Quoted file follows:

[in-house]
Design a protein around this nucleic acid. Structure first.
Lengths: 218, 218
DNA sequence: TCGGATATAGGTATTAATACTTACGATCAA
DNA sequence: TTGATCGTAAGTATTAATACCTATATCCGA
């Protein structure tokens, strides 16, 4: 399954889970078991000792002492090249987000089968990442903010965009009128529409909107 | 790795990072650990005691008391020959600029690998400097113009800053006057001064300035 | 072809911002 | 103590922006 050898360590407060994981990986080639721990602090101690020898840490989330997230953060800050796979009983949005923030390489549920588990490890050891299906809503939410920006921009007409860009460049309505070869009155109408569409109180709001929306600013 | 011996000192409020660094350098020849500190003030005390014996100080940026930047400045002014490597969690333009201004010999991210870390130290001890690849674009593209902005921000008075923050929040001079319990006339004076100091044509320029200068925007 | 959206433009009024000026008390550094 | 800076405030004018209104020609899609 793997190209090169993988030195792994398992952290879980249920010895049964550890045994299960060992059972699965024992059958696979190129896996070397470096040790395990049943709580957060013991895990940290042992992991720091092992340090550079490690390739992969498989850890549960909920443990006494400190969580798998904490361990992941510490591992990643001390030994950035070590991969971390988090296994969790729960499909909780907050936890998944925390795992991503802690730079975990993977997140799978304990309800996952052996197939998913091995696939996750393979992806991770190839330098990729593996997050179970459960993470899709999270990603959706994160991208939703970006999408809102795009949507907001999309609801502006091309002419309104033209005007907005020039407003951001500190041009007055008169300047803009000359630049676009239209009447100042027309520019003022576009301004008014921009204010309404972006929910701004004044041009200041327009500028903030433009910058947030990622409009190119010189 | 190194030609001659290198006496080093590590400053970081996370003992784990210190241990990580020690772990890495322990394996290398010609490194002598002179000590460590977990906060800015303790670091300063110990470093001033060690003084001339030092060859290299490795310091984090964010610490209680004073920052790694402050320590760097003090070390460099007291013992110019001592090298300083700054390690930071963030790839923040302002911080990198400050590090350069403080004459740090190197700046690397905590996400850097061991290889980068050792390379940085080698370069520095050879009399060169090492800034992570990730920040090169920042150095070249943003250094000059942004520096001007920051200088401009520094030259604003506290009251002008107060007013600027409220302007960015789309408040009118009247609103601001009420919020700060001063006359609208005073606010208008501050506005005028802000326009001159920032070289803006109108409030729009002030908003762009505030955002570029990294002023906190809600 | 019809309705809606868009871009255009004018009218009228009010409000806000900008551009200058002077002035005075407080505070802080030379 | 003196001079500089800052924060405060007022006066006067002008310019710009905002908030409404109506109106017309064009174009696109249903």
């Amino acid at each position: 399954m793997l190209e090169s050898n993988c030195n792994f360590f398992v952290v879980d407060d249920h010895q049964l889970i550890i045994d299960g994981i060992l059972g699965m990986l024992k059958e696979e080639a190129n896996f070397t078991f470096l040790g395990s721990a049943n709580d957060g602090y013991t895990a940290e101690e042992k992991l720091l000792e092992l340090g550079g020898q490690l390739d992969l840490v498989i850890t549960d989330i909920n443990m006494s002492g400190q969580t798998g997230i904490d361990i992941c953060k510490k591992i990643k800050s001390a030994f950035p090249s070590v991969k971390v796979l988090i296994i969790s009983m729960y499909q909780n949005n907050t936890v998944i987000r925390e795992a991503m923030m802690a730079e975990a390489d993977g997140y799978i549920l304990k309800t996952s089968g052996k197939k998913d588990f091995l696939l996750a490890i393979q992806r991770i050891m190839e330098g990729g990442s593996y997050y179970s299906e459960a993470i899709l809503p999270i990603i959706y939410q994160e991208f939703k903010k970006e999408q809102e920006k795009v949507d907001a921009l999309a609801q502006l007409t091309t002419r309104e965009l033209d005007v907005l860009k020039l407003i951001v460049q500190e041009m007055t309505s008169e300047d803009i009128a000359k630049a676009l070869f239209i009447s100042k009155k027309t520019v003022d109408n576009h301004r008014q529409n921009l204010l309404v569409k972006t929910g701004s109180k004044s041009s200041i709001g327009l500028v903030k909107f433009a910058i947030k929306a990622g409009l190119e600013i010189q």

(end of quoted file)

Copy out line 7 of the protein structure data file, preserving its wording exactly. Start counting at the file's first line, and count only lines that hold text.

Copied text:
């Amino acid at each position: 399954m793997l190209e090169s050898n993988c030195n792994f360590f398992v952290v879980d407060d249920h010895q049964l889970i550890i045994d299960g994981i060992l059972g699965m990986l024992k059958e696979e080639a190129n896996f070397t078991f470096l040790g395990s721990a049943n709580d957060g602090y013991t895990a940290e101690e042992k992991l720091l000792e092992l340090g550079g020898q490690l390739d992969l840490v498989i850890t549960d989330i909920n443990m006494s002492g400190q969580t798998g997230i904490d361990i992941c953060k510490k591992i990643k800050s001390a030994f950035p090249s070590v991969k971390v796979l988090i296994i969790s009983m729960y499909q909780n949005n907050t936890v998944i987000r925390e795992a991503m923030m802690a730079e975990a390489d993977g997140y799978i549920l304990k309800t996952s089968g052996k197939k998913d588990f091995l696939l996750a490890i393979q992806r991770i050891m190839e330098g990729g990442s593996y997050y179970s299906e459960a993470i899709l809503p999270i990603i959706y939410q994160e991208f939703k903010k970006e999408q809102e920006k795009v949507d907001a921009l999309a609801q502006l007409t091309t002419r309104e965009l033209d005007v907005l860009k020039l407003i951001v460049q500190e041009m007055t309505s008169e300047d803009i009128a000359k630049a676009l070869f239209i009447s100042k009155k027309t520019v003022d109408n576009h301004r008014q529409n921009l204010l309404v569409k972006t929910g701004s109180k004044s041009s200041i709001g327009l500028v903030k909107f433009a910058i947030k929306a990622g409009l190119e600013i010189q």